Autumn Statement: A little light at the end of a tunnel

Britain's Chancellor of the Exchequer George Osborne (L) leaves the Treasury with the Chief Secretary to the Treasury Danny Alexander in central London November 29, 2011.
Image caption The chancellor announced a number of changes to tax credits and pensions

The chancellor's 47-minute Autumn Statement contained a lot of stress on the difficulties that the UK economy is in.

And a lot of emphasis on the efforts that everyone needs to make to pull us through.

But amid the pain were some rays of wintry sunshine, with help for some though, inevitably, not enough to make this a good news statement.

Personal tax

We already knew that the income tax personal allowance was scheduled to go up to £8,105 from next April but this was reiterated.

Nothing was said about other personal allowances or the higher rate threshold.

That will probably continue to come down to cancel out the personal allowance increase for the higher paid.

The one specific announcement was a freezing of the capital gains tax (CGT) annual exempt amount at the current £10,600.

This pays for some extensions to the enterprise investment scheme into a new Seed Investment Scheme to encourage investment in start-ups.

A 50% tax relief will be available from April 2012 together with a one-year CGT holiday on such investments.

Tax credits and pensions

There has been much speculation about changes to tax credits and further changes were indeed announced, building on the many changes already in the pipeline.

There was a commitment to increase most working age and disability benefits in line with inflation at 5.2%, but this was not an across-the-board simple uprating of everything.

In particular, working tax credits are frozen, apart from the disability elements.

Child tax credits, and the childcare element of the working tax credits, were not mentioned - apart from the child element, currently £2,555 a year for each child.

That was scheduled to go up by £110 above inflation in 2012-13, but will now simply rise by last September's inflation rate of 5.2%, a rise of £135.

Those in receipt of the state pension saw some good news with an increase of £5.30 of weekly for single pensioners, and £8.50 for a couple from next April.

The minimum income guarantee goes up more modestly - by 3.9% to £142.70 for single pensioners and £217.90 for a couple.

However, these increases for today's pensioners were rather lost in the news of change for future pensioners.

The planned increase in state pension age to 67 will now operate eight years earlier than planned from 2026.

Business tax

The chancellor reiterated the planned decrease in the main rate of corporation tax to 25% from April 2012.

There was less good news for the banks: the rate of bank levy goes up to maintain the yield at £2.5bn.

But most of his attention was on encouraging enterprise, with new enterprise zones announced and a promise of 100% capital allowances in some.

An extension to the research and development tax credit for larger companies is promised for 2013, but he was also at pains to increase sources of funding for smaller businesses.

There is to be a national loan guarantee scheme, but many small businesses will be keener on the further relief from business rate increases.

A measure that affects both businesses and individuals was the confirmation of the ending of the low value consignment relief.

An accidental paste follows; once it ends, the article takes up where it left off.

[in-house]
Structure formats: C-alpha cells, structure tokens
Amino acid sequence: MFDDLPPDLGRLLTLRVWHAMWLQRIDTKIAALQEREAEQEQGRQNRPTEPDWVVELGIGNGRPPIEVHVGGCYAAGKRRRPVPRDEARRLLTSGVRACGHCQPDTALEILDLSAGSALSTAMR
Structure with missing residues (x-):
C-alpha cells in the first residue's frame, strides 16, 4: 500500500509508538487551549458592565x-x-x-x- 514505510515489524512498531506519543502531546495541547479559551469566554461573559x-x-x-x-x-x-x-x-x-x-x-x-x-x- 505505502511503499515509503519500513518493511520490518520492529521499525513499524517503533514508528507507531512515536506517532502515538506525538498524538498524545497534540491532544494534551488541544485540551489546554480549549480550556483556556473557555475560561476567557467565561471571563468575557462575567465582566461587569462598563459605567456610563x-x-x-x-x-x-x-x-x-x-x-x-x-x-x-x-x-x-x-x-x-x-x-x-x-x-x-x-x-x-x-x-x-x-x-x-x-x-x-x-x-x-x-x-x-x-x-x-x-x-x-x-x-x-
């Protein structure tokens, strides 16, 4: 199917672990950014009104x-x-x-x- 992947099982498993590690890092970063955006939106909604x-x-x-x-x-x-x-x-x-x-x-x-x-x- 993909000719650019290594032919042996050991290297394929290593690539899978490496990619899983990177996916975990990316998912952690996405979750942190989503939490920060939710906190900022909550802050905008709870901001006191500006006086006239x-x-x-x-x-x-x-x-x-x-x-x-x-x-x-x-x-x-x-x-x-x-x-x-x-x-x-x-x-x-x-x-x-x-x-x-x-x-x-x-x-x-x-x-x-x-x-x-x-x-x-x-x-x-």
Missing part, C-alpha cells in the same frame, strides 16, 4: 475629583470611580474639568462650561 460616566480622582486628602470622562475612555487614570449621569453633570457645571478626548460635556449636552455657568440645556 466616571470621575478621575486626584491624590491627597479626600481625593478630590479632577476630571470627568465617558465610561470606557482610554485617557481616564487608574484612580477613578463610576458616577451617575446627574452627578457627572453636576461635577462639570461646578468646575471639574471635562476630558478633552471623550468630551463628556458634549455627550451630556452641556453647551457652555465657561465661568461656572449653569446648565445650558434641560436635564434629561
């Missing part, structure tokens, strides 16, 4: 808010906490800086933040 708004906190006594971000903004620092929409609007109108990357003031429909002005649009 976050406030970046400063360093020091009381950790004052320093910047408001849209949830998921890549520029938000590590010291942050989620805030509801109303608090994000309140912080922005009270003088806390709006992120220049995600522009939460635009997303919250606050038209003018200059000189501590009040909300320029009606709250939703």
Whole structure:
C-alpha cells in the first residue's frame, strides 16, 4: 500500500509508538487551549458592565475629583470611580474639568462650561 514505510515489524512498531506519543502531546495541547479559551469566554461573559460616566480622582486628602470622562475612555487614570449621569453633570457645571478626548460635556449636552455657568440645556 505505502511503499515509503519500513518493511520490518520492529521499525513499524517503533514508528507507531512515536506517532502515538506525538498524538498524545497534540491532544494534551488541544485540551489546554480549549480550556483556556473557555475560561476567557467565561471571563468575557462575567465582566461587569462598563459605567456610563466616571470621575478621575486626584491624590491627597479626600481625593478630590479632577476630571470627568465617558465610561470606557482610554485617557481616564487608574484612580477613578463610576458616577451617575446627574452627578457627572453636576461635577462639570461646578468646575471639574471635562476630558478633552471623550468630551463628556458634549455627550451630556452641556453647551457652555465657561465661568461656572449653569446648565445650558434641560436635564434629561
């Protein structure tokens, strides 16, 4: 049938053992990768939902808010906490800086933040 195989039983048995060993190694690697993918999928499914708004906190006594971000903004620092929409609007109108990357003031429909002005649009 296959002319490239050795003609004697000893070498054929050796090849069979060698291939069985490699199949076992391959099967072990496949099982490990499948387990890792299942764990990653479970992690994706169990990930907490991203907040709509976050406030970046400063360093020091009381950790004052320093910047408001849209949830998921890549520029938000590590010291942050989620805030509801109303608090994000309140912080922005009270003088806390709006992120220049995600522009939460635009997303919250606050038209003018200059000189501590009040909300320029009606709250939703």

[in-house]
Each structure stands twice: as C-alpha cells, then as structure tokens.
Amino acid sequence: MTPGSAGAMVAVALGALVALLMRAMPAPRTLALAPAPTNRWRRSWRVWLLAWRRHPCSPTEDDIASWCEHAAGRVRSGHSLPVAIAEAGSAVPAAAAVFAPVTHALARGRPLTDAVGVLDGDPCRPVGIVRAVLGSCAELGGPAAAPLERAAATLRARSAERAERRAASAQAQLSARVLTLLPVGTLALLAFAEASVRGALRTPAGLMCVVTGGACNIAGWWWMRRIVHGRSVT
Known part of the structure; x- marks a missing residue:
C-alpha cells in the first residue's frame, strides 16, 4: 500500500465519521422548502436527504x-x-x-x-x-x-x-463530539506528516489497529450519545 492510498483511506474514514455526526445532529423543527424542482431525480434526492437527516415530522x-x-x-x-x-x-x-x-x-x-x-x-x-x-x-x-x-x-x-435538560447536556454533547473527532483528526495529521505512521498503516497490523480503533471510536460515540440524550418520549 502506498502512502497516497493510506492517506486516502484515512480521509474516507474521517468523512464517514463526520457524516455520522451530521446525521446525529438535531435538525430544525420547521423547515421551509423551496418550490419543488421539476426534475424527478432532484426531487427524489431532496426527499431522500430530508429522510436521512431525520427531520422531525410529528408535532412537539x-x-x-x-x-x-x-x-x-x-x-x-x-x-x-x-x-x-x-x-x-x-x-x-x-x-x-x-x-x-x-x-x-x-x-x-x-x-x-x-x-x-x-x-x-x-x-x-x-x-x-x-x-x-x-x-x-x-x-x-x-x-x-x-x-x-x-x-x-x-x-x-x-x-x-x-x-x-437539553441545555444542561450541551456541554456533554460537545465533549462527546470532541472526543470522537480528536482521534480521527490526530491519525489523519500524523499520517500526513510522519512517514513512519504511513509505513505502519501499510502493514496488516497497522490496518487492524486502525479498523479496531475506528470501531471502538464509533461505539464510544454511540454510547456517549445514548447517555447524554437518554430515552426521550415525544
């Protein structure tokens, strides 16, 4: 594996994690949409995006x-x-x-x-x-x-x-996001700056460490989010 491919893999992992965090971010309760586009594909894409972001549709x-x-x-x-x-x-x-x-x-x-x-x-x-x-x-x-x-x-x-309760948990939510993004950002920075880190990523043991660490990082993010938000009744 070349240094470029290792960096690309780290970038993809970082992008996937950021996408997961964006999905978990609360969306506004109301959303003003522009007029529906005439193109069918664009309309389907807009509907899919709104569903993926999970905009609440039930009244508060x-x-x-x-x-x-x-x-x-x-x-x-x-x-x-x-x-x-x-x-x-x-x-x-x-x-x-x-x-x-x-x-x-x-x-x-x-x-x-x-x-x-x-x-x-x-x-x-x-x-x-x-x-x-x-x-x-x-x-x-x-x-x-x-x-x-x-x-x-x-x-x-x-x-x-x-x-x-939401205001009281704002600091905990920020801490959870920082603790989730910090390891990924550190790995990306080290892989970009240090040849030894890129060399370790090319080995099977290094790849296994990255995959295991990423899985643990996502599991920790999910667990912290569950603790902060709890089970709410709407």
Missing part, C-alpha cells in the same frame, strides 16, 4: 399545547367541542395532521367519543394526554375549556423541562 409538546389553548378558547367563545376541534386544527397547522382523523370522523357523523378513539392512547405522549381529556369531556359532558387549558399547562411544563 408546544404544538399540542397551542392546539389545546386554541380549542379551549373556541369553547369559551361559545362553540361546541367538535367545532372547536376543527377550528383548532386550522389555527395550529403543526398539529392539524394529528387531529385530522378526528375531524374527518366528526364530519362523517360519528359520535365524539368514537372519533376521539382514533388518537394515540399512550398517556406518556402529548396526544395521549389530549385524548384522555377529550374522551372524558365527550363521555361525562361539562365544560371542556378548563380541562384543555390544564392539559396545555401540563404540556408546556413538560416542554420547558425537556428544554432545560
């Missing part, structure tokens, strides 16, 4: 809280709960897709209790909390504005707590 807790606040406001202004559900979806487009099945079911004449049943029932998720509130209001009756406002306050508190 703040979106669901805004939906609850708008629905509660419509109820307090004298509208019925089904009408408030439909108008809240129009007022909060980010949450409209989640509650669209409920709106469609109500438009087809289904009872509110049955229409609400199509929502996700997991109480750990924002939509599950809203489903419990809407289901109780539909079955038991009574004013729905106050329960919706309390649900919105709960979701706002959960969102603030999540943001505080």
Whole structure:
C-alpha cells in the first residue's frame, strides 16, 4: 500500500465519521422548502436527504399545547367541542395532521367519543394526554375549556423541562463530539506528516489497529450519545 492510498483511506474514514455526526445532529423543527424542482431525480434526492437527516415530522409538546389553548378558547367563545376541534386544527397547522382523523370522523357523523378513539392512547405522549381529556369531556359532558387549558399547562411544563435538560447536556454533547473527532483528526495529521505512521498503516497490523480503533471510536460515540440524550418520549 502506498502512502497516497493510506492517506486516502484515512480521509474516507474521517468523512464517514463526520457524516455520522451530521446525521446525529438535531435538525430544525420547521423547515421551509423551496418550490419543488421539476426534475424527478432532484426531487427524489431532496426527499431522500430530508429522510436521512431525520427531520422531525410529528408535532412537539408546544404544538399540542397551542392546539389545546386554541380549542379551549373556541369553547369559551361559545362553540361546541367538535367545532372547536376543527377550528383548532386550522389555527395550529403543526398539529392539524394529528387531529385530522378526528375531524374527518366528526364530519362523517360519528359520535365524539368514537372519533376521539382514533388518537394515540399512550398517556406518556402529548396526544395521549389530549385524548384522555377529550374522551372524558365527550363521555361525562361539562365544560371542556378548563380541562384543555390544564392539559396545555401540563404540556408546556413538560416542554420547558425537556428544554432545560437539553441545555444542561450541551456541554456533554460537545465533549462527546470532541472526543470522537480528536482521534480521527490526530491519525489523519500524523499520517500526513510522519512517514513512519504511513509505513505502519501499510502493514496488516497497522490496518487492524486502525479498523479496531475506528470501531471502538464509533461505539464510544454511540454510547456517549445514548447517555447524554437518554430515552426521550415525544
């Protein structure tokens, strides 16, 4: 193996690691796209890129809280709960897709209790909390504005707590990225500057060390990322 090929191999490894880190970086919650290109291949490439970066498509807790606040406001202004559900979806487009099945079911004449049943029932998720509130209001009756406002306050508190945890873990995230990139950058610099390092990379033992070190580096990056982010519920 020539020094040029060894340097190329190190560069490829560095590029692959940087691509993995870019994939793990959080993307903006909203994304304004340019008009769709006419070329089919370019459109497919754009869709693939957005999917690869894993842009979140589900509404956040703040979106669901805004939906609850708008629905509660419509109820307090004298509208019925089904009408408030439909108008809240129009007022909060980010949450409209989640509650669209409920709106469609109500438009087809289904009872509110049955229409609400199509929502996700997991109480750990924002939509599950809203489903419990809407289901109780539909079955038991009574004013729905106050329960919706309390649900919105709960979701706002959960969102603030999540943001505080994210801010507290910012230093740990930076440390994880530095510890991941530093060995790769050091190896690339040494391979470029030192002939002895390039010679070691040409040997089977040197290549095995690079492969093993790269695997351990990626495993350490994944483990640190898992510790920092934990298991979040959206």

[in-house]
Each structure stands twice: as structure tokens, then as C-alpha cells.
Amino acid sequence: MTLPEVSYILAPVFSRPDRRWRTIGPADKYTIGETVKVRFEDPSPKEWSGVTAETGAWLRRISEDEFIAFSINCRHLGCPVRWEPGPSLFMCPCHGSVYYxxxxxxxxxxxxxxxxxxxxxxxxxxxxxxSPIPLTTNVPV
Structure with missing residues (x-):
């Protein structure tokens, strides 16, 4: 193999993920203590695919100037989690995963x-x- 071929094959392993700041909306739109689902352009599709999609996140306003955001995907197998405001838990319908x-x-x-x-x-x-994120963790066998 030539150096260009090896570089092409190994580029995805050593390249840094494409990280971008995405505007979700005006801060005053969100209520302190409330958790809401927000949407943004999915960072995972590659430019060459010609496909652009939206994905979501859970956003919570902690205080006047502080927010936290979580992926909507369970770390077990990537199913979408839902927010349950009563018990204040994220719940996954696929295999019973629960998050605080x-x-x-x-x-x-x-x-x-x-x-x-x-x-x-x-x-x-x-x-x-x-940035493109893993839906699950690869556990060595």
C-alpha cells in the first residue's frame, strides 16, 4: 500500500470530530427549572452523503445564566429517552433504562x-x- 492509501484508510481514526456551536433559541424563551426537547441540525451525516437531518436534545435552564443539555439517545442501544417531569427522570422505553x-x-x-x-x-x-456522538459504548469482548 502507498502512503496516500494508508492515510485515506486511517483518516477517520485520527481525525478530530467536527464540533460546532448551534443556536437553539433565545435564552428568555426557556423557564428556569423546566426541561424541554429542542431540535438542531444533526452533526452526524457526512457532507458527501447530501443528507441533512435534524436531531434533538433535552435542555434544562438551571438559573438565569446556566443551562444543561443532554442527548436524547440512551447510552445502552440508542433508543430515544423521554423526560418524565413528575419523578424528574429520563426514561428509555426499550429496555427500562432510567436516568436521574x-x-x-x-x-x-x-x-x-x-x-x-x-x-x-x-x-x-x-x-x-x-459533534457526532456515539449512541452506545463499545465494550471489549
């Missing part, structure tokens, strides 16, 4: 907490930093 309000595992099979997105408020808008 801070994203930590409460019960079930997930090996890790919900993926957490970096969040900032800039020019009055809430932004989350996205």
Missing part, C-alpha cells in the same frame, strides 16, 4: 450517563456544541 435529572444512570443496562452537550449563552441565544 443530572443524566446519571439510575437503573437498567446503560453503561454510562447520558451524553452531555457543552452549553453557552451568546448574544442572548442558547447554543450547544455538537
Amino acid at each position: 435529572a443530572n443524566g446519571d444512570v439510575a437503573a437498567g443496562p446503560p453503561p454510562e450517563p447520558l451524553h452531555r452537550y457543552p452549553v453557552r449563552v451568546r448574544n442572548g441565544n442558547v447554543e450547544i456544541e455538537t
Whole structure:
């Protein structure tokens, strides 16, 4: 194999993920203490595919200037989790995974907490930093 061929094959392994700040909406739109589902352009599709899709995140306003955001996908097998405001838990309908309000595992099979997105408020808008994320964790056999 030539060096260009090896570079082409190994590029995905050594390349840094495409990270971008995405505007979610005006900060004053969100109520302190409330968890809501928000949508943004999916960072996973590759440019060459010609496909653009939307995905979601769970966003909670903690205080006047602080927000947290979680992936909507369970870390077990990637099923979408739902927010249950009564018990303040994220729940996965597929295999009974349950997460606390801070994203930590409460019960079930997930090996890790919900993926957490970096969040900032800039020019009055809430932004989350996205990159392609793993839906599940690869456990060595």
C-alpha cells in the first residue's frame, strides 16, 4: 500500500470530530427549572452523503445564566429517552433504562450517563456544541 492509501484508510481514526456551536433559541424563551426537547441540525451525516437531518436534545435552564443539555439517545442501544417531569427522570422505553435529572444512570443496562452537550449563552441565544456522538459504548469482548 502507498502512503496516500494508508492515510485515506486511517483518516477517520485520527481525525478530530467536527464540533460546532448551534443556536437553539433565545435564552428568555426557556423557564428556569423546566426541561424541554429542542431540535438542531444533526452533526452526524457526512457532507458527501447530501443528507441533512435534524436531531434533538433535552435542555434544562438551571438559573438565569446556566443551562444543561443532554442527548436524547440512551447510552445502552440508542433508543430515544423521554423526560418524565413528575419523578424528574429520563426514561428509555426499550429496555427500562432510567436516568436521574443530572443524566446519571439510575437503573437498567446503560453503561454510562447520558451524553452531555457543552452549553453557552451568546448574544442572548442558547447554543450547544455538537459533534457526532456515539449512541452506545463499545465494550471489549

This is the system that allows purchases of goods such as CDs and DVDs from locations such as the Channel Islands to come into the UK without VAT.

Abolishing this relief has long been campaigned for by small businesses, who have welcomed the change, even if it means cost increases for buyers.

Dogs that did not bark

As always, speculation about some tax changes was unfounded.

There was no sign of any changes to tax relief for pension contributions, apart from a small anti-avoidance measure.

Nor was there any VAT change.

The banks will at least be relieved at the ringing commitment not to support an EU financial transactions tax.

There was no mention of devolving any further tax powers to Scotland or indeed Northern Ireland.

No doubt those subjects will come up in next year's Budget.

Nor was there any discussion of phasing out child benefit for higher earners - scheduled for 2013.


There was some good news - or moderation of the bad news - for travellers.

Train fare rises next year will be pegged to the retail prices index (RPI)+1%, instead of the planned RPI+3%.

Fuel duty was due to increase by 3p per litre from January: that will be deferred until August 2012.

The increase of a further 2p inflation element in August is cancelled.

There was also a blizzard of infrastructure investment commitments, many around travel.

At one stage it sounded as if we were getting sleeper services via the Northern Line to Battersea but these proved to be two separate items with the Scottish sleeper service protected.

And it was good to see access to my homeland of Hull encouraged with a promise to halve the tolls on the Humber Bridge.

But many of these investments, like the whole turning round of the economy, will take time.

In the meantime life is going to be tough, although it does sounds as if there is some light at the end of a long, hard tunnel.

John Whiting is the tax policy director at the Chartered Institute of Taxation, and formerly a tax partner at PricewaterhouseCoopers for 25 years. He is also the tax director at the Treasury's Office of Tax Simplification. In the interests of impartiality, the BBC has asked him to avoid any analysis of tax simplification in this article.

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